Agriculture News: As cold temperatures come, time to talk about fire safety

By Keenan Bishop, Published:

When December temperatures hit the high 60s and some nights only cooled into the 50s, it seemed silly to talk about fireplace safety and burning wood. But the holidays and cold weather are here and a cheery fire adds ambiance. If you haven’t already, many of us will soon be firing up woodstoves and fireplaces. About this time every year I take this chance to remind folks about fire safety.

“Be sure to use fireplaces and wood-burning stoves for their intended purposes and don’t burn inappropriate fuels or igniter substances,” said Larry Piercy, Extension safety and health specialist for the UK College of Agriculture.

Burn the proper fuel for wood- and coal-burning stoves, he said. Don’t use coal in a wood-burning stove. Also avoid using charcoal or other fuels not intended for a stove. Never use flammable liquids such as kerosene or gasoline to start a fire in a fireplace or stove because these liquids could explode and cause a serious injury, Piercy said. Don’t use wood that has been treated with preservatives because it can release dangerous chemicals.

Another important safety point is to install a wood- or coal-burning stove according to the manufacturer’s instructions, Piercy said. Keep the stove at least 36 inches from combustible materials such as walls, furniture and drapes.

CHECK THE FLUE

Other safety tips include checking the flue several times during the winter to ensure there is no creosote buildup that can cause a fire; making sure fireplaces are out before going to bed; using a tight-fitting screen on a freestanding fireplace; and keeping flammable objects away from the fire.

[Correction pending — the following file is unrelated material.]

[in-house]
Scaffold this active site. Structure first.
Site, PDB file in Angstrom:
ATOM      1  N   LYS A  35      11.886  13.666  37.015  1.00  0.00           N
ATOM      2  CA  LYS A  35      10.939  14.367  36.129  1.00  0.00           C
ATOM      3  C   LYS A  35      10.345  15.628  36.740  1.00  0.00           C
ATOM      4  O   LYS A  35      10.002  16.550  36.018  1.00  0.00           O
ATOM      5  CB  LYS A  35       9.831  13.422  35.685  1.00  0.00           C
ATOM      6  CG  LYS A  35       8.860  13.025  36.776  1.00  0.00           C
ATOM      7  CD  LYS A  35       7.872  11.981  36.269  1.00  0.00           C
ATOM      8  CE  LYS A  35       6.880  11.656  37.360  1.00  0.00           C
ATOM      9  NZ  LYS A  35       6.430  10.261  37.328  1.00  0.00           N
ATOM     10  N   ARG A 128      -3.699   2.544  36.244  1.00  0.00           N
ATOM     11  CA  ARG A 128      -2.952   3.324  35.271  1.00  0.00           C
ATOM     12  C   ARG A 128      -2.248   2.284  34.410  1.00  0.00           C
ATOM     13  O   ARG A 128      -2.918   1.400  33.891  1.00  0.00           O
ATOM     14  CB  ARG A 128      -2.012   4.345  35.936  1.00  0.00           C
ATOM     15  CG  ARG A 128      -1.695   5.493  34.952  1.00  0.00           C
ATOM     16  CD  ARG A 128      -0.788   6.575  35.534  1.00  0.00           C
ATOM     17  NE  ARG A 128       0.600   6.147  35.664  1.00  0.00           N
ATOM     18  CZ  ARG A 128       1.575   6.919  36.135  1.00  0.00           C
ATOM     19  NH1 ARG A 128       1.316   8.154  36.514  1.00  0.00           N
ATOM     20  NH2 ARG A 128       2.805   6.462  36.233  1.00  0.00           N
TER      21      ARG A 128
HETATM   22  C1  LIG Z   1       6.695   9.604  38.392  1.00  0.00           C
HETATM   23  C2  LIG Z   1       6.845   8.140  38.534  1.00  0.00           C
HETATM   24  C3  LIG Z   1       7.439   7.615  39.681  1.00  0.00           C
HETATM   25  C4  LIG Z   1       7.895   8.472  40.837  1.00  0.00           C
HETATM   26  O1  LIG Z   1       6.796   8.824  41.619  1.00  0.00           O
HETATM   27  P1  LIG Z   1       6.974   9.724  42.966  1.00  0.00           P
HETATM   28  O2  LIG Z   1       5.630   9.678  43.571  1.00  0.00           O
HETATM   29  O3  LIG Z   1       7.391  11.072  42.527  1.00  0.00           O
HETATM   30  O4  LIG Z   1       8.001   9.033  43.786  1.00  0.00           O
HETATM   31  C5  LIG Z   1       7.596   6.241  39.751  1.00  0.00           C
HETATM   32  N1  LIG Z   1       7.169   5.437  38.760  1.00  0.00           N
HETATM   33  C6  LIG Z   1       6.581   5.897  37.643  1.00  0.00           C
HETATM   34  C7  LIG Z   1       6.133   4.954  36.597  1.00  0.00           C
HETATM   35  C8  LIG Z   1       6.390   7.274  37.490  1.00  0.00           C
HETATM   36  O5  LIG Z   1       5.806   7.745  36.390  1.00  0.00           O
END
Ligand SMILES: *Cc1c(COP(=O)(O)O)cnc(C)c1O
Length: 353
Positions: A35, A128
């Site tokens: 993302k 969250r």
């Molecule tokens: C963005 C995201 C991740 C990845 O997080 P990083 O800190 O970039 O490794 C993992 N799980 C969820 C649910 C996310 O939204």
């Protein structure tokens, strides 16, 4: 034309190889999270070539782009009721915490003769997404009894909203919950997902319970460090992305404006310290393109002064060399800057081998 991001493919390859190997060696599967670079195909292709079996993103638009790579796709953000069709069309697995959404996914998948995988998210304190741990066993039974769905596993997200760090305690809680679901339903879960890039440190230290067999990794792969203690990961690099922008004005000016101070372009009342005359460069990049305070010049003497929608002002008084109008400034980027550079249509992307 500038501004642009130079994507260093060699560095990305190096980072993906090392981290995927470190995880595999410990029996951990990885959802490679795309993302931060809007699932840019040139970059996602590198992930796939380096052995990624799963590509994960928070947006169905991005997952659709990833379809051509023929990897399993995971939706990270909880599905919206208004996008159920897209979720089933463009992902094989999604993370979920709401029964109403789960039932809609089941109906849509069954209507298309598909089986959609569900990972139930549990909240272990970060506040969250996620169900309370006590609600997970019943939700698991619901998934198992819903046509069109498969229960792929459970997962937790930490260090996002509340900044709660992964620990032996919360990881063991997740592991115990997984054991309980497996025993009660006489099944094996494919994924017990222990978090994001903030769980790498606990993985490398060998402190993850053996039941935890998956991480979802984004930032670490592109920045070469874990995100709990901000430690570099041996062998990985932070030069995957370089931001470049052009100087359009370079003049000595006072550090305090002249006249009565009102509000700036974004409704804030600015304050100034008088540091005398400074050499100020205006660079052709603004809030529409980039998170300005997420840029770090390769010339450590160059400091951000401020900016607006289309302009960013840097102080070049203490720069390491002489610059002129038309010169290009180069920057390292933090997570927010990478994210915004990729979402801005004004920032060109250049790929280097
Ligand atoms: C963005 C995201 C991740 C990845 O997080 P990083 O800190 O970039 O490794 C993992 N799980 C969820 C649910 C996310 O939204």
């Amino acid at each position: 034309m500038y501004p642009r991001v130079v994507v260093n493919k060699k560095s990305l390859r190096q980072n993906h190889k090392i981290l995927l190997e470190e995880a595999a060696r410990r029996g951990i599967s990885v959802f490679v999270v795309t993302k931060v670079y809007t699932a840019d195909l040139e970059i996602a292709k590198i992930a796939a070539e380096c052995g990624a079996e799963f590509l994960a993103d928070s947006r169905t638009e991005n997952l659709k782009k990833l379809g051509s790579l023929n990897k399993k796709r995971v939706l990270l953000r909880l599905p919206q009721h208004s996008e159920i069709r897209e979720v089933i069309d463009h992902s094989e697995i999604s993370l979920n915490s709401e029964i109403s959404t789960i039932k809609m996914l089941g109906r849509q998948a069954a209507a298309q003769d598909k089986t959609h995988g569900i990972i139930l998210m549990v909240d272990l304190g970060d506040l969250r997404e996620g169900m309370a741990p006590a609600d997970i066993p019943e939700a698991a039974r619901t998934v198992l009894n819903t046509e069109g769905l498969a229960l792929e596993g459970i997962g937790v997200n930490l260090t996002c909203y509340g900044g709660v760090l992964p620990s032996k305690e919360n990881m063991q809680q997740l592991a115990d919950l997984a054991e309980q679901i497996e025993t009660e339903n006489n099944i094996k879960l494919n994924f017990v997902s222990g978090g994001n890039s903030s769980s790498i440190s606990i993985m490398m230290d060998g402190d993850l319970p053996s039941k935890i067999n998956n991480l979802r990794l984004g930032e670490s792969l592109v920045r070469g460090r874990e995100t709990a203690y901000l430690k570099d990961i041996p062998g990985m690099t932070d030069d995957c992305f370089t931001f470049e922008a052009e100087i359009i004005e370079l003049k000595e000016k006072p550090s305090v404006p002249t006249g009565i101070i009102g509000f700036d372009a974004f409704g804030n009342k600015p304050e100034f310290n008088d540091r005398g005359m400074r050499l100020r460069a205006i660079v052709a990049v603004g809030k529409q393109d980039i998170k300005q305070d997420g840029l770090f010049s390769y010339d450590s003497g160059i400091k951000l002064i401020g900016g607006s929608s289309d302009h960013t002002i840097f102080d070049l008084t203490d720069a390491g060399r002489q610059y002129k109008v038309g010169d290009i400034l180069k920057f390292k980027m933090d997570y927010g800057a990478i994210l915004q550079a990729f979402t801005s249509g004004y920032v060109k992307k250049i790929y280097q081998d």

Common fire safety tips also include installing smoke alarms outside each sleeping area and on each floor. Vacuum cobwebs and dust away from each alarm and replace batteries at least once a year, or use lithium batteries that last up to six years. Have at least one fire extinguisher in the home. Be sure everyone knows how to use it.

A quick glance in the paper shows that there are many firewood vendors to choose from. Those on farms or with access to woodlands will gather their own. When choosing your firewood, Doug McLaren, UK Extension Forestry Specialist, explains that two factors will determine just how hot your fire is – seasoning and the kind of wood.

Wood is made up of air and cellulose (wood fiber). The more air space that wood has, the less there is to burn. Buying wood with the heaviest/densest per unit volume will keep you toasty. Osage orange, hickory, black locust, all of the oaks, sugar maple and ash produce hot fires; plus they are easy to split.

Yellow poplar, silver maple and red maple provide much less heat per log but are good for kindling because they catch fire quickly. Avoid elm, sycamore and sweet gum because they are not as warm, and their fibers are so interlaced they will not split.

WHAT KIND OF WOOD?

Good firewood species are found in Kentucky, although suppliers sometimes will identify their stock only as “hardwoods” without specifying the species. Be sure to ask what kind of wood you are buying. Some here in the county even store the wood in barns so it’ll be dry no matter what the weather.

The second thing to look for when buying firewood is how much water is in the wood.  Since wood comes from a living plant, it contains water.  The more water in the wood, the less heat it generates when it burns. Ask the vendor if the wood is seasoned.  Wood is 50 percent moisture and needs six months to a year to dry out enough to burn efficiently. Dry or seasoned wood has splits in the ends of the logs and a gray appearance.

Firewood is sold in a variety of measures. A cord measures 4 feet wide by 4 feet high by 8 feet long.  Often this is too much for the occasional user, as most homeowners are.  For more information on firewood visit ca.uky.edu/forestryextension/Firewood.php.

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